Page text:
• API requests & responses don’t require custom handling.
    • Queries would be fast.
    • Each entity’s custom metadata would be part of it’s own table.
  • Cons:
    • Multiple tables with similar duplicated columns would be required for a feature which is essentially common to all the entities.
    • API requests & responses require multiple endpoints, one for each entity.
    • Tables would be under /public_links/tables/
    • Queries would be under /public_links/queries.
    • Public links would need to contain the type of entity.
    • Tables would be shared with link /public/tables/<url_slug>.
    • Queries: /public/queries/<url_slug>.


  • Implementation and maintenance wise, the ‘One dedicated table per entity’ is the simplest, and considering that we might definitely have entity specific metadata, I’m recommending it.
  • I don’t see an issue with having the entity in the url (eg., /public/queries/<url_slug>).
  • Anything we might want to do with links would require us to do it in all the tables, but Django simplifies that for us, so I don’t see complexity there.


  • It was discussed and concluded via mail that we’ll go ahead with the ‘One dedicated table per entity’ approach.

2. Approaches on API endpoints

Option 1:

CREATE: POST /shares/table-link/. Table id will be part of request body. LIST: GET /shares/table-link/ LIST & FILTER BY ENTITY: GET /shares/table-link/?table=<table_id> LIST & FILTER BY SLUG: GET /shares/table-link/?slug=<slug> PARTIAL UPDATE: PATCH /shares/table-link/<link_id>/. Table id should not be allowed to be updated. REGENERATE SLUG: POST /shares/table-link/<link_id>/regenerate/


  • Shared url need not contain entity id: http://localhost:8000/shared/tables/<slug>/
  • Code related to shared links can be within a single place
  • Generic viewsets and serializers can be written reducing possible duplication


  • Entity id needs to specified as part of request body.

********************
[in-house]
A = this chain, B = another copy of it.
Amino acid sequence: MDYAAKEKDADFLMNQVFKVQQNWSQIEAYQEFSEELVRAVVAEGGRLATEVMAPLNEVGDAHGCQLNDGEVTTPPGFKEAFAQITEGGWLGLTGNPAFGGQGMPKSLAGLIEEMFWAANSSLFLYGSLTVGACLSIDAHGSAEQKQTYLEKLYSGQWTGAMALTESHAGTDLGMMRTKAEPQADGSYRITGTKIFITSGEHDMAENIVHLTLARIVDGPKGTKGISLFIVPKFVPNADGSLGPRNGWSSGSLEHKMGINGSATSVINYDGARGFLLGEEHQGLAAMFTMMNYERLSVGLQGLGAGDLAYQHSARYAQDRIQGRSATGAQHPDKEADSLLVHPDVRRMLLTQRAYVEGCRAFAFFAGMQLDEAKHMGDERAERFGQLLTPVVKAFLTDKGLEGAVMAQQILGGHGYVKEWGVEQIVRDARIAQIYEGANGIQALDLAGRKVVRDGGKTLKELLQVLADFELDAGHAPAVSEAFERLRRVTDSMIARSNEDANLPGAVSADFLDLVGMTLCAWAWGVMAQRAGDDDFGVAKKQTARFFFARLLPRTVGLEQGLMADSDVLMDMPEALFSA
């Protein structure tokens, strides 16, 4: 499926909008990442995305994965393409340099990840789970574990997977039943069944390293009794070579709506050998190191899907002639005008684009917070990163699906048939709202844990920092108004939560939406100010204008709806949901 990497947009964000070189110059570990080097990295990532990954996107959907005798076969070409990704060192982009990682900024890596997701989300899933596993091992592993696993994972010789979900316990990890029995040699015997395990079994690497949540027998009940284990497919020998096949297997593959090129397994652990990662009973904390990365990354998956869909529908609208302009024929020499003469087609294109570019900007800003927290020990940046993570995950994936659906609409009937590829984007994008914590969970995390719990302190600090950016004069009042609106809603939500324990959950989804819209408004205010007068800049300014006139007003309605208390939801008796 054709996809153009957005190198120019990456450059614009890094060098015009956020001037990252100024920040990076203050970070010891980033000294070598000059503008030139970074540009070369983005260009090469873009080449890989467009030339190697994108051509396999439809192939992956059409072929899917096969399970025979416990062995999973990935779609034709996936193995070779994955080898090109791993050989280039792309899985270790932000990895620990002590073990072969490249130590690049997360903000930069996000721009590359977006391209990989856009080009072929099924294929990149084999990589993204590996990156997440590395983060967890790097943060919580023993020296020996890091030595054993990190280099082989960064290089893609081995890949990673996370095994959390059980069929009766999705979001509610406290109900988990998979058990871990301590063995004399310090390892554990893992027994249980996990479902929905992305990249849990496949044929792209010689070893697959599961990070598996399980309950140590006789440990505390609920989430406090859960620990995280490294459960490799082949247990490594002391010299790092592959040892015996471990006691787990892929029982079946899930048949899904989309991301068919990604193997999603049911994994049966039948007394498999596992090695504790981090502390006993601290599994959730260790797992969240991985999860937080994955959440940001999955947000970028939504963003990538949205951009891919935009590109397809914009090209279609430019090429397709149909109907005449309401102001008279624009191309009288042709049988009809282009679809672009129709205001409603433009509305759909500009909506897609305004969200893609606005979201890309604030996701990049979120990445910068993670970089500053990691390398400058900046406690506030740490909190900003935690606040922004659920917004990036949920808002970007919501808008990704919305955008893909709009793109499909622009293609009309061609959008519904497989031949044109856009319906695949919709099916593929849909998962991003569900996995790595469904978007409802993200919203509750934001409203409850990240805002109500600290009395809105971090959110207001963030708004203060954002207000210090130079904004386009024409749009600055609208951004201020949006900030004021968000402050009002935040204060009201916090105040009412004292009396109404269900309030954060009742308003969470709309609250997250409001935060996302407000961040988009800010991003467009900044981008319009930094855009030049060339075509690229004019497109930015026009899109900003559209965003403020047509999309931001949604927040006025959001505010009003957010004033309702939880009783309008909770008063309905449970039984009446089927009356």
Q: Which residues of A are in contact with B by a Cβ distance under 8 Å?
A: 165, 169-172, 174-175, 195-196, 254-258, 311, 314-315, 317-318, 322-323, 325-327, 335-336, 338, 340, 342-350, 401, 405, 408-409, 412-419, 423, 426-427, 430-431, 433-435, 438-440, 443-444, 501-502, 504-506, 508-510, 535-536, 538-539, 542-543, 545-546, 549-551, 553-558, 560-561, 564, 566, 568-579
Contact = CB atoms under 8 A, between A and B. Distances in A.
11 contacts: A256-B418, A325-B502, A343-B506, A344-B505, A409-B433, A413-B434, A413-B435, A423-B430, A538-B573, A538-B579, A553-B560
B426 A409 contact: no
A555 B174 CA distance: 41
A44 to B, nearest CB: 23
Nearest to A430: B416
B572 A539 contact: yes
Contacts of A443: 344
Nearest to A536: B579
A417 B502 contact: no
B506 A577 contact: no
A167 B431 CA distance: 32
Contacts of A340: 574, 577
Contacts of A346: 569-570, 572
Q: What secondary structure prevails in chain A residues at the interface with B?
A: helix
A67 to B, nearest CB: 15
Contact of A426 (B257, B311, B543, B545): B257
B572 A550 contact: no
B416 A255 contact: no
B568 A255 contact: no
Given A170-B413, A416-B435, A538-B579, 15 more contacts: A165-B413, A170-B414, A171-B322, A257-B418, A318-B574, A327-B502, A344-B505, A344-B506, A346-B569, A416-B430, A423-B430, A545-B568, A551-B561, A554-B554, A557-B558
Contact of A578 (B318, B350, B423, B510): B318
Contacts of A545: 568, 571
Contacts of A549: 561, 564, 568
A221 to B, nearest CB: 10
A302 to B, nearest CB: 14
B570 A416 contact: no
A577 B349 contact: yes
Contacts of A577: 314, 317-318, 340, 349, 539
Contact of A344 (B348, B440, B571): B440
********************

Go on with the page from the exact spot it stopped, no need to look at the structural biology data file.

• Additional logic would be required to disallow update of entity id.
    • Additional logic required to filter by entity id.

Option 2

Endpoints for shares would be placed within each entity. For table, it would be:

CREATE: POST /tables/<table_id>/shares/ LIST: GET /tables/<table_id>/shares/ LIST & FILTER BY ENTITY: GET /tables/<table_id>/shares/ (This is the same as list) LIST & FILTER BY SLUG: GET /tables/<table_id>/shares/?slug=<slug> (Not required by frontend, since shared url already has table_id) PARTIAL UPDATE: PATCH /tables/<table_id>/shares/<link_id>/ REGENERATE SLUG: POST /tables/<table_id>/shares/<link_id>/regenerate/


  • Placed within hierarchy of respective entities
  • Entity id is a path param:
    • Entity need not be specified in the request body additionally
    • No additional filtering needed by entity
    • Update requests should not modify entity, and since entity is part of url path, no additional logic is needed for it
  • Option to filter by slug is not required


  • Shared url needs to contain entity id: http://localhost:8000/shared/tables/<table_id>/?token={$slug}
  • Some code duplication might be needed


  • Pavish and Kriti discussed via private chat and decided to go with Option 2.

3. Scheduled for later iterations

  • Shared views with persisted filters, grouping etc.,
  • Option to restrict link access by password
  • Sharing record page & forms
  • Option to share as editor
  • Option to show table/exploration inspector

4. Competitive research


  • Option to generate link & embedding view is present in menu bar.
  • Shared views are read-only.
  • Option to share entire bases.
  • Links:
  • Once link is generated, there are options to clear it, generate new link.
  • Options to restrict/allow users to copy data from view. Options to restrict/show all fields, including ones created in future.
  • Option to restict by password or by email domain (needs higher plan).
  • Embed:
  • Provides code to embed iframe.
  • Shows desktop and mobile preview.
  • Option to show/hide controls bar.
  • Filters, groups, and sorting added to a table is applied to the shared output view.
  • This is possible because this configuration is always persisted.
  • Option to share form for cases where adding data is required.


  • Link is automatically generated for all tables.
  • Option to restrict access via a password.
  • Option to restrict/allow download.
  • Filters, hidden columns, sorting etc., are automatically applied to shared link.
  • This is possible because this configuration is always persisted.
  • Shared content is read-only.

Google sheets

  • Option to share content as viewer, commenter, and editor.
  • Option to publish a public url which does not require users to login to view the content.